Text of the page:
The chilling details of Keishla Rodríguez Ortiz’s murder in Félix Verdejo’s trial

A tragic tale from love to despair, highlighting Verdejo's transformation, key trial revelations, and a pregnant woman's disappearance.

Félix Verdejo could spend up to an hour swimming on the beach to prepare for a boxing match. In April 2021, his career was “well on the way to being a world champion,” according to his coach Cruz Manuel García Figueroa.

On April 28, 2021, one day before the disappearance of Keishla Rodríguez Ortiz was reported, the ex-boxer went from telling his ex-wife Eliz Marie Santiago Sierra “ridiculous” to asking her for forgiveness in a desperate tone through text messages and telling him that he did not want to be with Keishla “ever in his life.”

On May 1, the day Keishla’s remains appeared in the San José Lagoon, Verdejo reportedly contacted his wife shortly after authorities said the crime was committed. At 10:27 p.m. morning, he asked Santiago Sierra by text if he had to look for their daughter that afternoon. And at 10:46 in the morning, Verdejo sent a photo of the interior of his vehicle to Santiago Sierra, saying: “Look what I found in the crazy bus.” It was a pink-patterned toothbrush.

The light brown 9-millimeter Glock weapon with a 17-round magazine that Verdejo was carrying at dawn on May 2, when the Police confirmed that he was in a house in Caguas, was missing two bullets.

Those were some of the most outstanding data that emerged yesterday on the fifth day of the federal trial against the former boxing star accused of four counts related to the death of Keishla.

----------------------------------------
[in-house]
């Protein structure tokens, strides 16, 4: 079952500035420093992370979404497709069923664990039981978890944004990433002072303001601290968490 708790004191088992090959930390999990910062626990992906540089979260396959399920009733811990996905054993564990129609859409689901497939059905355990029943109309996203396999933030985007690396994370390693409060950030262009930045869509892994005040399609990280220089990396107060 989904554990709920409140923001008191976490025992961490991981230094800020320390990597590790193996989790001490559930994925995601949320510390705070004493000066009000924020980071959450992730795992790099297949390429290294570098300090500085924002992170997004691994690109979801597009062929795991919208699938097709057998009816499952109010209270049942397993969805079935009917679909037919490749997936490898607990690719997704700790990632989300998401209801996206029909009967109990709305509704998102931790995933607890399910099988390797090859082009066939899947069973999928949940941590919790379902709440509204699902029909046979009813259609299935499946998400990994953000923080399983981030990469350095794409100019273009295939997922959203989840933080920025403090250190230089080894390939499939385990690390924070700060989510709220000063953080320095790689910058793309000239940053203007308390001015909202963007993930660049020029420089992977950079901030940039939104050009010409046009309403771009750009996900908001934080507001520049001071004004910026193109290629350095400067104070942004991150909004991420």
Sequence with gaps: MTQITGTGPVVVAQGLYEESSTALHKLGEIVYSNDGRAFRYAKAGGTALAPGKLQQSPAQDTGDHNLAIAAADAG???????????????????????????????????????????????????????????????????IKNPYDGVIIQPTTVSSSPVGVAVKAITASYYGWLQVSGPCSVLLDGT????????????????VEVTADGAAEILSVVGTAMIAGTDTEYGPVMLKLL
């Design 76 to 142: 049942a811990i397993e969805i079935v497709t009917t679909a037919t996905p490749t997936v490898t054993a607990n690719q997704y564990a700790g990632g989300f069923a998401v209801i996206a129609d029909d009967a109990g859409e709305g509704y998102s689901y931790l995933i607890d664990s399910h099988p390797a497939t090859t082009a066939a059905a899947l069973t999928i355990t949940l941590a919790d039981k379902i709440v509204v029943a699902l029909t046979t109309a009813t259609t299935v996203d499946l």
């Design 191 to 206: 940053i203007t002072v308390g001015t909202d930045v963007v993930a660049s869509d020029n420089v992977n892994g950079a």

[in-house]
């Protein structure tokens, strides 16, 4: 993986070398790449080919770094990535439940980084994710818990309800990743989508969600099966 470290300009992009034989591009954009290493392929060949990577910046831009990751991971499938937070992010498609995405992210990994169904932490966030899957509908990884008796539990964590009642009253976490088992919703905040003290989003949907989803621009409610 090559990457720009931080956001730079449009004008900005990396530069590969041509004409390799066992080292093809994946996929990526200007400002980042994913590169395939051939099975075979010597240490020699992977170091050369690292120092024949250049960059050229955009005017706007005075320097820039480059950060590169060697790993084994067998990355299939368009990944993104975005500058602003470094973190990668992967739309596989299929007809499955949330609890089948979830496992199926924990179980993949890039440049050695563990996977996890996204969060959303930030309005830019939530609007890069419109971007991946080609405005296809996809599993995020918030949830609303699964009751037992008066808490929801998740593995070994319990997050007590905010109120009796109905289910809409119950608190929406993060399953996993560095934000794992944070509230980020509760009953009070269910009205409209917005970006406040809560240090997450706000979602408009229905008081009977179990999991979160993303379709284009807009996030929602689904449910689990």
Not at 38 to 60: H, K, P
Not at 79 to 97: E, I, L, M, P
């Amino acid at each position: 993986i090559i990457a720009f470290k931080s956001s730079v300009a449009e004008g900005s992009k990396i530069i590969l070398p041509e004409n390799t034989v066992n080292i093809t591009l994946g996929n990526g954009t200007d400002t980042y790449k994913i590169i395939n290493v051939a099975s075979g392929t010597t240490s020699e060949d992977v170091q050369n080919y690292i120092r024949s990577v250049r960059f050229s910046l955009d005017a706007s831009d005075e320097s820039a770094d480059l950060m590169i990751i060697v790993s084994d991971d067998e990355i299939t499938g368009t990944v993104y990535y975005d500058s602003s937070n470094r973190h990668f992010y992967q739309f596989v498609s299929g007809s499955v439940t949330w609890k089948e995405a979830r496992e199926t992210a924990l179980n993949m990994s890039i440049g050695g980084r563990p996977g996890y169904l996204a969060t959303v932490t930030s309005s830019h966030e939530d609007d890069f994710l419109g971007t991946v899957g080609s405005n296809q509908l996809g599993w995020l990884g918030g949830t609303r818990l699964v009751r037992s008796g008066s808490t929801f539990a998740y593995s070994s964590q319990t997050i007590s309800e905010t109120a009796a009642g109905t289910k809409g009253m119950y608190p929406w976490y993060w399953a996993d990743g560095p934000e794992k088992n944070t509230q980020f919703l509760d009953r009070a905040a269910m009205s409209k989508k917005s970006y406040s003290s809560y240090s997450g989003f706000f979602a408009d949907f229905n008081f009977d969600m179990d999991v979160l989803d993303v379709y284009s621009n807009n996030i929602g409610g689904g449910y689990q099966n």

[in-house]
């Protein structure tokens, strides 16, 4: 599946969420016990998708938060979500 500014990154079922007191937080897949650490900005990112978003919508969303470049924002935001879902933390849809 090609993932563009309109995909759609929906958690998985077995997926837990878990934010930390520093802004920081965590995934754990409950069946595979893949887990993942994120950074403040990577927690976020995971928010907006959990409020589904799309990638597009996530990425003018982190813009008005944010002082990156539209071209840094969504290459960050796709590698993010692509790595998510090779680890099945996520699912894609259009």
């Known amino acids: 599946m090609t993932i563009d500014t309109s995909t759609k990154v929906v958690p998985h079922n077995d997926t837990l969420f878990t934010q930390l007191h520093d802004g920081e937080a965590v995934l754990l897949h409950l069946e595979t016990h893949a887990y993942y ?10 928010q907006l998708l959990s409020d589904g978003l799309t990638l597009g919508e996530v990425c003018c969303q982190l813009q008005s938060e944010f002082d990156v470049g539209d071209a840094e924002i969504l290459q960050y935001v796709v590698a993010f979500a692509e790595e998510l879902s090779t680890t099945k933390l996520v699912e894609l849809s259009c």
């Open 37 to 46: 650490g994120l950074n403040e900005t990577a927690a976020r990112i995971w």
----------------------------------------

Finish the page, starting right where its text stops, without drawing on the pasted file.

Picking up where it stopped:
The data is related to the theory established by the prosecution that Verdejo did not want Keishla to have the child she was expecting from him. Although he tried to convince her not to have it, Keishla was determined to have it. Later, when his alleged attempts to have him sink into the San José lagoon, where he would have dumped the body still alive, did not work either, the alleged accomplice Luis Cádiz Martínez, on orders from the ex-boxer, allegedly fired two shots at Keishla that did not hit her. It was then that -according to theorize- Verdejo jumped into the water to drag the body under the Teodoro Moscoso bridge to prevent it from being seen.

Verdejo’s defense asked Manuel Colón Ruiz, from the Specialized Division for Major Crimes and one of yesterday’s main witnesses, why he was in charge of the murder investigation if he knew that a red SUV stopped in the Teodoro Moscoso bridge “a few minutes before the Dodge Durango stopped…in the same place”. The agent noted that this was not discussed.

Heartbreaking photos

Near the start of the day, at least one of the jurors closed her eyes and raised both hands to her face as 11 harrowing photos of Keishla’s body were paraded, including when authorities pulled her out of the lagoon 1 on May 1, 2021. Each jury member has a front monitor less than a foot away, where the pieces of evidence are displayed.

The room also has two screens on which the public can watch the test parade.

In some of the images, you could see a not-very-thick wire, silver in color, that surrounded various parts of the victim’s body. A cement block was attached to that same cable.

It could be seen that Keishla’s waist was full of black and purple bruises, and the wire felt tight against her skin. His left arm had so many marks that it looked like it had been covered in dark tattoos. The remains were swollen.

Keishla’s father, José Antonio Rodríguez, tried to comfort her brother on her mother’s side, Jonathan Román, placing his hand on his back until Román couldn’t take it anymore. He got up and left the room in a hurry.

When they finished showing the images, Rodríguez also left the room briefly, accompanied by an officer from the Victim Services Division of the state Department of Justice.

Colón Ruiz was in charge of describing the photos. “He had a diamond tattoo on his back,” the agent explained.

What was the location?